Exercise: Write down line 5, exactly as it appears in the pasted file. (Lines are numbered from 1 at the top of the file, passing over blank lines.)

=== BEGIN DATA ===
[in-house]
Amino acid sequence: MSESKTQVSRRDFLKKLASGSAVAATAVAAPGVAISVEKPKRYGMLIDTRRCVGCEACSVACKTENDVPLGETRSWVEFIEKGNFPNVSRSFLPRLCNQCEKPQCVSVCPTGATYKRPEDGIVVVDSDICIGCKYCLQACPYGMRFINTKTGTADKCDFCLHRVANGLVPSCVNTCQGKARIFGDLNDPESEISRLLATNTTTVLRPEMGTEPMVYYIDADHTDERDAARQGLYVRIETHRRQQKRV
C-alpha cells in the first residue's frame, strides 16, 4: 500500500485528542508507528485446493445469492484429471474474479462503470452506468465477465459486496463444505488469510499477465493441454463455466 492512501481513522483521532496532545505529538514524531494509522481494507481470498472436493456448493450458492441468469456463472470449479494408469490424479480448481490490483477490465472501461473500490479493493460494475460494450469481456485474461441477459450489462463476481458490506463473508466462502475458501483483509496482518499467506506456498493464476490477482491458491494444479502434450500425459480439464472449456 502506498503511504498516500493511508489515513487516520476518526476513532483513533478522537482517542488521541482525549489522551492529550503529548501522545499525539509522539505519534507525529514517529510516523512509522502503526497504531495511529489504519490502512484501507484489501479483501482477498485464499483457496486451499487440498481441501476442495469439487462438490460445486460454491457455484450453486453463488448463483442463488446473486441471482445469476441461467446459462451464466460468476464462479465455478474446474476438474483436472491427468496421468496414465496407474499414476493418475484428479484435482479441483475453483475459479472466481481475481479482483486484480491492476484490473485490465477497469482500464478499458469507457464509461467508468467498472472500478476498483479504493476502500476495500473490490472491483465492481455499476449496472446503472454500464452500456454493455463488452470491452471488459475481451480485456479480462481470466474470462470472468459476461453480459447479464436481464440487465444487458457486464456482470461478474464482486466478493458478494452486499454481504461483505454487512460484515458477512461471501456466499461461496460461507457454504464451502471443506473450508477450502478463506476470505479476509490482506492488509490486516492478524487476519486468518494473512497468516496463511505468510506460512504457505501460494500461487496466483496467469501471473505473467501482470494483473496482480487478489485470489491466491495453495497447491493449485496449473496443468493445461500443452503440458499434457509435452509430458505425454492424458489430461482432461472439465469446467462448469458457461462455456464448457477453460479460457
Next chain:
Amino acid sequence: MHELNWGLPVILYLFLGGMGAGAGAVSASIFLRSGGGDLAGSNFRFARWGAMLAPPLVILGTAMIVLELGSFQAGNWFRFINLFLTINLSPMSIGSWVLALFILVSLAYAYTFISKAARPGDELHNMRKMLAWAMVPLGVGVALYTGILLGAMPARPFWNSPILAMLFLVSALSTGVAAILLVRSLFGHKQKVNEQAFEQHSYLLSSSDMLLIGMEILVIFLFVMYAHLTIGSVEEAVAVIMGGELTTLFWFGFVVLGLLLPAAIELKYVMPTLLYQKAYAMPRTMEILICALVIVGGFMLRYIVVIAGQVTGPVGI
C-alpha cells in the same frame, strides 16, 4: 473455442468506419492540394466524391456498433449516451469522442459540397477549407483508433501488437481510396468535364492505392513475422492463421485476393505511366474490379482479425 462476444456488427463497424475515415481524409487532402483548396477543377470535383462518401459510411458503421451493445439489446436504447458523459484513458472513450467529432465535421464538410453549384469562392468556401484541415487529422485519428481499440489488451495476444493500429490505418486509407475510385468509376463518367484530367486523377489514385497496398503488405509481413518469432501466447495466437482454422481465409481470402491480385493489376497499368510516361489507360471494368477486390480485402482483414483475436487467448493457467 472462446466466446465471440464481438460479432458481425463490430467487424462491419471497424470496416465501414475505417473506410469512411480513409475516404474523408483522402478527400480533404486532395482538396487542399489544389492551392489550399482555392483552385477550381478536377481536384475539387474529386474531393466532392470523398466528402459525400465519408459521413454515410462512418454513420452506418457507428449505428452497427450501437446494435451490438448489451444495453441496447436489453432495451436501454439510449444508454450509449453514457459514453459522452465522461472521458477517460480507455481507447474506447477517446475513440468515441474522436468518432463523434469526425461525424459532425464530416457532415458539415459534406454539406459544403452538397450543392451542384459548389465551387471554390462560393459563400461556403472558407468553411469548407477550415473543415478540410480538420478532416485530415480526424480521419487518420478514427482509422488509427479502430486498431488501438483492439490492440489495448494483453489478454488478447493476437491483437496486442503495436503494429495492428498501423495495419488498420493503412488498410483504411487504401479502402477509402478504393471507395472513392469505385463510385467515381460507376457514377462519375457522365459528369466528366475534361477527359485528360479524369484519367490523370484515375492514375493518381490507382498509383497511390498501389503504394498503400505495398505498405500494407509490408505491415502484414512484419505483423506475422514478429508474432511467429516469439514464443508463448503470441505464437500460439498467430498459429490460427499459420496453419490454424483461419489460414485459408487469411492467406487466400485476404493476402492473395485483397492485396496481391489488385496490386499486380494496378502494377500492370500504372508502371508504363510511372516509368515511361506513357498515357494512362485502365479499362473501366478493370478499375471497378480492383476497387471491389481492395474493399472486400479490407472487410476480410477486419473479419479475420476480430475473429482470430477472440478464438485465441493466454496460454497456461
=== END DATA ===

Amino acid sequence: MHELNWGLPVILYLFLGGMGAGAGAVSASIFLRSGGGDLAGSNFRFARWGAMLAPPLVILGTAMIVLELGSFQAGNWFRFINLFLTINLSPMSIGSWVLALFILVSLAYAYTFISKAARPGDELHNMRKMLAWAMVPLGVGVALYTGILLGAMPARPFWNSPILAMLFLVSALSTGVAAILLVRSLFGHKQKVNEQAFEQHSYLLSSSDMLLIGMEILVIFLFVMYAHLTIGSVEEAVAVIMGGELTTLFWFGFVVLGLLLPAAIELKYVMPTLLYQKAYAMPRTMEILICALVIVGGFMLRYIVVIAGQVTGPVGI